I put myself in the dog house this past weekend — Sunday morning to be exact. It happened when I came across Daily Kos’s well-reasoned assertion that Gov. Palin’s fifth child may actually be her grandson, not her own son as she claims.
How else can one explain the photo of her intact figure at “seven months,” or the photo of her daughter’s distinctive bump at three months. There’s more, of course, much more.
In publicly proclaiming over breakfast this joyous Republican revelation, I immediately incurred the wrath of my wife and her family. They questioned the veracity of the source whose musings, they (correctly) noted, were inherently biased. “When it’s in The Times, we’ll believe it.”
I feebly countered that it was the National Enquirer, for goodness sake, that broke the John Edwards fiasco, and that Daily Kos is one of the most highly read and most politically influential blogs being written today. Nonetheless, my own family quickly doused my morning glee with a dose of cold coffee (and shoulder).
The incident got me a thinking. While 68% of Americans read blogs or visit social networks, do any blogs, even the most authoritative, have the capacity to unilaterally create true public discourse? Or do they remain relegated to the role of kindling wood in terms of their influence on the opinions of average Americans?
We already know that media fragmentation, the 24/7 news cycle, and the rise of citizen journalism have combined to accelerate the dilution of many a mainstream news organization’s influence. If the Pentagon Papers revelations broke today, wouldn’t they constitute a one day story?
Still, the revelations over the weekend and the Republicans’ efforts to quash the more damaging story with a less-damaging one, should serve as a worthwhile lesson for digital and traditional PR’ists everywhere. Even as the practice of PR evolves, one core competency holds steady: the ability to understand the dynamics that drive or curtail a story’s potential to catch fire – whether that story is born in a blog or in a mainstream media outlet.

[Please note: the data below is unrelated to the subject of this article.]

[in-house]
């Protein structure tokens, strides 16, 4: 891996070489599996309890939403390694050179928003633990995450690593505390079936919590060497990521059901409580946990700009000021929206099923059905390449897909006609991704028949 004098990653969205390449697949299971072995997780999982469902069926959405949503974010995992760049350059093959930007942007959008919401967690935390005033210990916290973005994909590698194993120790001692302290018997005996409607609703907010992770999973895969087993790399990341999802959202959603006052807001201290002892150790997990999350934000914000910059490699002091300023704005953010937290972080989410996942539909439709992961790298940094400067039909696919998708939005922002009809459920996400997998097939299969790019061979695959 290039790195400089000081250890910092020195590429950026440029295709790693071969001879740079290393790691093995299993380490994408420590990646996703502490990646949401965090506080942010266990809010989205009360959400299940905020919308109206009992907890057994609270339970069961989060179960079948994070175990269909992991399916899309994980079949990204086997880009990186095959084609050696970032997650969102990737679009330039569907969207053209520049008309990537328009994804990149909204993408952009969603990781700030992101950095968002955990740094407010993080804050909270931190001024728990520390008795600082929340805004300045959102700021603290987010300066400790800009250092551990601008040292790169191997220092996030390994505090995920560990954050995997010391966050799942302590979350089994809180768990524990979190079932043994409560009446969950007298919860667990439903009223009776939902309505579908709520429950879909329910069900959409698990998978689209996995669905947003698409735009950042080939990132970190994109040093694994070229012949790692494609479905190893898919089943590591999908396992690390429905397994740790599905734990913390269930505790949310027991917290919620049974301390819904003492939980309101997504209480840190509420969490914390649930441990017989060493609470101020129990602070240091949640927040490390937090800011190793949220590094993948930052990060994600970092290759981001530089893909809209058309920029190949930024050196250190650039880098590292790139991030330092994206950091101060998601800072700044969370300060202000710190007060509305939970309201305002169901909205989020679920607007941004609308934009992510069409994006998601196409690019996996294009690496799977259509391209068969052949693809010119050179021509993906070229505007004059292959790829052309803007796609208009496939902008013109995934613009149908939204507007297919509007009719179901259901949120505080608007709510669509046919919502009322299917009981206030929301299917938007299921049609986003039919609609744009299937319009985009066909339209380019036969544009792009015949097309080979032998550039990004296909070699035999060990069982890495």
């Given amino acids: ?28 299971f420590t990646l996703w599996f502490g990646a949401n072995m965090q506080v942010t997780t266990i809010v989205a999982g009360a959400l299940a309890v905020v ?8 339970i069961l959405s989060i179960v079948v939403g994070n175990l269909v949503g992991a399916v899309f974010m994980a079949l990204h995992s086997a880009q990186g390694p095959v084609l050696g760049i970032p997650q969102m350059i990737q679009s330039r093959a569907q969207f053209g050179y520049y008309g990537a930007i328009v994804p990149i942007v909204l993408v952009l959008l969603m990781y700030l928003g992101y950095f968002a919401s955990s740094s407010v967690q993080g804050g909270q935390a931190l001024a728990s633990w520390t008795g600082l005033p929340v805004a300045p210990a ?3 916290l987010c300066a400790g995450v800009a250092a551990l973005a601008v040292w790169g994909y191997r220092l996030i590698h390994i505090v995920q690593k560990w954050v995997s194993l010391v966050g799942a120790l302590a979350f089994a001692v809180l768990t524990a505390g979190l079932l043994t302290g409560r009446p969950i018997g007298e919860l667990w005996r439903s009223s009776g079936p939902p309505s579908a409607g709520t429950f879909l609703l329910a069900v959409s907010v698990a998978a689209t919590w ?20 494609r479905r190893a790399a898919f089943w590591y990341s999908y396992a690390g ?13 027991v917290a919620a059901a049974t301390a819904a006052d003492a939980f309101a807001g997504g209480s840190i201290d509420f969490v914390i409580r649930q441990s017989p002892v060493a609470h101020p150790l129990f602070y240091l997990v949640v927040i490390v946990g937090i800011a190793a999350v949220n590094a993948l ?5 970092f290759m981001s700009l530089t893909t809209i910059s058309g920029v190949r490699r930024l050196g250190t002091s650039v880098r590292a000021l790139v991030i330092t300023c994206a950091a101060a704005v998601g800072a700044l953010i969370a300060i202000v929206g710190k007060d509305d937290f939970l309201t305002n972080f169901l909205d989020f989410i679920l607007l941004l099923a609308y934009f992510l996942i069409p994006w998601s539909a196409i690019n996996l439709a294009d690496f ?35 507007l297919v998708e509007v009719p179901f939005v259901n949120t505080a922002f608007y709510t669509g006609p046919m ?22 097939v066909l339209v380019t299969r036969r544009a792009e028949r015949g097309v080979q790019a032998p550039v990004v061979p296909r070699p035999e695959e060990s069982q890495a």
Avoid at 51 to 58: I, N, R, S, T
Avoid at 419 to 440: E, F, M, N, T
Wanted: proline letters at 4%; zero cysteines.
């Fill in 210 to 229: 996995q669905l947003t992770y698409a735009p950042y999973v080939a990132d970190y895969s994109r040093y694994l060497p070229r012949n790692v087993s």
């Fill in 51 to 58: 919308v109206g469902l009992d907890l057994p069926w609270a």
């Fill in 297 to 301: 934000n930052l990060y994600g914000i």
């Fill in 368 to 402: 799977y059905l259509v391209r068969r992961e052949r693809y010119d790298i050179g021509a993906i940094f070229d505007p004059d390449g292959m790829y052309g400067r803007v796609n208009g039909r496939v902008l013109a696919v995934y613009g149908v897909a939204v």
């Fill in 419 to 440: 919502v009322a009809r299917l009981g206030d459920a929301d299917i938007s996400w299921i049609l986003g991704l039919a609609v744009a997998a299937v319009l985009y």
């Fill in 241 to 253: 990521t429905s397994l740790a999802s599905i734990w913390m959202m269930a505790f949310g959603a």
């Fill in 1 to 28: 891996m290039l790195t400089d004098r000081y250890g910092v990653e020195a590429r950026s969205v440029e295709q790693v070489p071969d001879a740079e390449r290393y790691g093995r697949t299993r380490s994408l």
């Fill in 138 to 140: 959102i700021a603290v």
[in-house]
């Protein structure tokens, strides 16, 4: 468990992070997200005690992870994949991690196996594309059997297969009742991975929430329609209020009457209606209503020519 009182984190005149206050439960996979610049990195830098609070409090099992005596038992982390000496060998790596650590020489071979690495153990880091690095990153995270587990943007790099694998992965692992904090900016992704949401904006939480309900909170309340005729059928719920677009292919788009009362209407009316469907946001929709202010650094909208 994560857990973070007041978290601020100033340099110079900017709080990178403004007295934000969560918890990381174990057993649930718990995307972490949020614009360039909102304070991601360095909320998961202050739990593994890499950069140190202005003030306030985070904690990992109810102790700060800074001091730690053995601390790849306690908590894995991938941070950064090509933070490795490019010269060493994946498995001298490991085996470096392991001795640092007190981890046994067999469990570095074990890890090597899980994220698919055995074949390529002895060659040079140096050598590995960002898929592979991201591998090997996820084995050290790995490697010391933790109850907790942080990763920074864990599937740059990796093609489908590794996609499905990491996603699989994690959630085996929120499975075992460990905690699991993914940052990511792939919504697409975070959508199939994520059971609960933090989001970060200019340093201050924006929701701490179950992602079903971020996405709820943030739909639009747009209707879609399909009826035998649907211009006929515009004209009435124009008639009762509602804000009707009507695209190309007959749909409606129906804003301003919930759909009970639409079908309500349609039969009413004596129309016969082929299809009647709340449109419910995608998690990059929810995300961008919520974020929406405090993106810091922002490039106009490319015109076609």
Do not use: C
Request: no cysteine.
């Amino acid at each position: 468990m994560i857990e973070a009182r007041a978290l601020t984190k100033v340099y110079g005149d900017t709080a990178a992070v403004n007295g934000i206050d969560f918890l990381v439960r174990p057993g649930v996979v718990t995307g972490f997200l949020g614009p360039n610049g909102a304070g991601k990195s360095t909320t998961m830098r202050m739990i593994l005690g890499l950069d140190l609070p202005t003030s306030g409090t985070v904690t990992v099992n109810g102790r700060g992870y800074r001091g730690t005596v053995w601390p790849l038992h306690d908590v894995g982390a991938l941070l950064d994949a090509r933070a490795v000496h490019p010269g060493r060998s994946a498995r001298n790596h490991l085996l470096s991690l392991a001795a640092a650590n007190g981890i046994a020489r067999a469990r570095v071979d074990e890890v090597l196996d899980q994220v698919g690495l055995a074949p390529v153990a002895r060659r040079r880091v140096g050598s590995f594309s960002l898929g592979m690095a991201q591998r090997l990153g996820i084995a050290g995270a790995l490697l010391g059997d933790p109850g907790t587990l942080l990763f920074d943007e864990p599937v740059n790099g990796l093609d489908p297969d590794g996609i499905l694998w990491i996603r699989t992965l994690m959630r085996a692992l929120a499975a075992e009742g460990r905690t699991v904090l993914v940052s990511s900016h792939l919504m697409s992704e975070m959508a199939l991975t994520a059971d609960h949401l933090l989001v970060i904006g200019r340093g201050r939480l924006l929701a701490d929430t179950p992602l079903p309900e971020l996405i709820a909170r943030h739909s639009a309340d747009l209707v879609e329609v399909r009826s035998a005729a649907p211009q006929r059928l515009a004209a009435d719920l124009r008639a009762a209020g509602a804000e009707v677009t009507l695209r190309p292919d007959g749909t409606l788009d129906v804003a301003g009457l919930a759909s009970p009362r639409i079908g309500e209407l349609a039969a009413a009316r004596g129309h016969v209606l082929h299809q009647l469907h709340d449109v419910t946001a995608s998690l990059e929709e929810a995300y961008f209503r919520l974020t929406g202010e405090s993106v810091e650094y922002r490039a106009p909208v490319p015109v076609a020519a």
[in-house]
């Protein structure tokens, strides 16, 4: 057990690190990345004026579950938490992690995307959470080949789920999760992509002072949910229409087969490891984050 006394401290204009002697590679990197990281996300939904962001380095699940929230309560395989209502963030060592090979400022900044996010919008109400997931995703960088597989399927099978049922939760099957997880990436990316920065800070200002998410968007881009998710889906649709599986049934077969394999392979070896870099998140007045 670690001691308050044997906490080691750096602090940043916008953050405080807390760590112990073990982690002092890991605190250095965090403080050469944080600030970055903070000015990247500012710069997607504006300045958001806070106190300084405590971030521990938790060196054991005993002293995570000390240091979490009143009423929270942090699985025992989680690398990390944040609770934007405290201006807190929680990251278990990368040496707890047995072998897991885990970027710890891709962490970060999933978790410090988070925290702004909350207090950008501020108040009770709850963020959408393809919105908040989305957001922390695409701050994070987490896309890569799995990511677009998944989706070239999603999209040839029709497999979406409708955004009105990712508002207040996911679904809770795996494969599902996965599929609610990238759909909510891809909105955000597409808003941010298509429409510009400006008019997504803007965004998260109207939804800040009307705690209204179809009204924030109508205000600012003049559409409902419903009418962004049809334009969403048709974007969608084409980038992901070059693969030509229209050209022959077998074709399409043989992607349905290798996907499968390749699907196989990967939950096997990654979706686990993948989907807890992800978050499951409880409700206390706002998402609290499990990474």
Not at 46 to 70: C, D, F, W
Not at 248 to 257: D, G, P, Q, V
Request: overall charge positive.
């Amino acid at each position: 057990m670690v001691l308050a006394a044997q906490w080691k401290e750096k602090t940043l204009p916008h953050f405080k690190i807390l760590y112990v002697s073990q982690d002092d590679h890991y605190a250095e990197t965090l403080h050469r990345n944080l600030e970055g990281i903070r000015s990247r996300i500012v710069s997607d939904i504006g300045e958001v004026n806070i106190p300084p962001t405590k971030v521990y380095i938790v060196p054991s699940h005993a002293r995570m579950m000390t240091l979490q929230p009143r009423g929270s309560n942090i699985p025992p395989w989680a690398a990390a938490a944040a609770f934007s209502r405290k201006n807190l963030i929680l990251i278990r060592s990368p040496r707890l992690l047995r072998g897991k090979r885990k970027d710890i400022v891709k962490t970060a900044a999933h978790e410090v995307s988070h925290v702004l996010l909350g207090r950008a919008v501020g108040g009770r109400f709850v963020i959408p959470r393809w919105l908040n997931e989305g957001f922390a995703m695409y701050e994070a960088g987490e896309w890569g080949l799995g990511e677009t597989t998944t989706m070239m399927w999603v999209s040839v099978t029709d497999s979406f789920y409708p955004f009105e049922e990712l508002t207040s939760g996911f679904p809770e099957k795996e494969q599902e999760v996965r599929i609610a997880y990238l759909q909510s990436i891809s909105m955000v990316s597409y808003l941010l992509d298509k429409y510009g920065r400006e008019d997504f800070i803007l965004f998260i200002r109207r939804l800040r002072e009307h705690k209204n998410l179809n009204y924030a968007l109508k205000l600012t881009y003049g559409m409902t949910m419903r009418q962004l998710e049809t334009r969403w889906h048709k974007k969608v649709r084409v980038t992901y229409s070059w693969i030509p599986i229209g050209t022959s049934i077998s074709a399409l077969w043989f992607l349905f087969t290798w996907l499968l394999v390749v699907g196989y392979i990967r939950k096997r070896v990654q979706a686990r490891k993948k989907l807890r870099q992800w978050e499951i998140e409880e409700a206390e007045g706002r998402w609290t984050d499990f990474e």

BTW, The New York Times weighed in today:
“Some claimed that Ms. Palin had not actually given birth to Trig, but that Bristol had, and that the family had covered it up. Various Web sites posted photographs of Ms. Palin in the months leading up to his birth this year, and debated whether her physique might have been too trim for her stage of pregnancy. The McCain campaign said Ms. Palin announced Bristolâ€™s pregnancy to stop the swirl of rumors.
Ms. Palinâ€™s own pregnancy took Alaska by surprise this year. Even those who worked for her in the governorâ€™s office said they were surprised. Her announcement, in March, was reported in The Anchorage Daily News, which noted at the time that Ms. Palin â€œsimply doesnâ€™t look pregnant.â€
I haven’t shared this with my family, primarily because I’m sure that they, like most of today’s fickle media consumers, have moved on.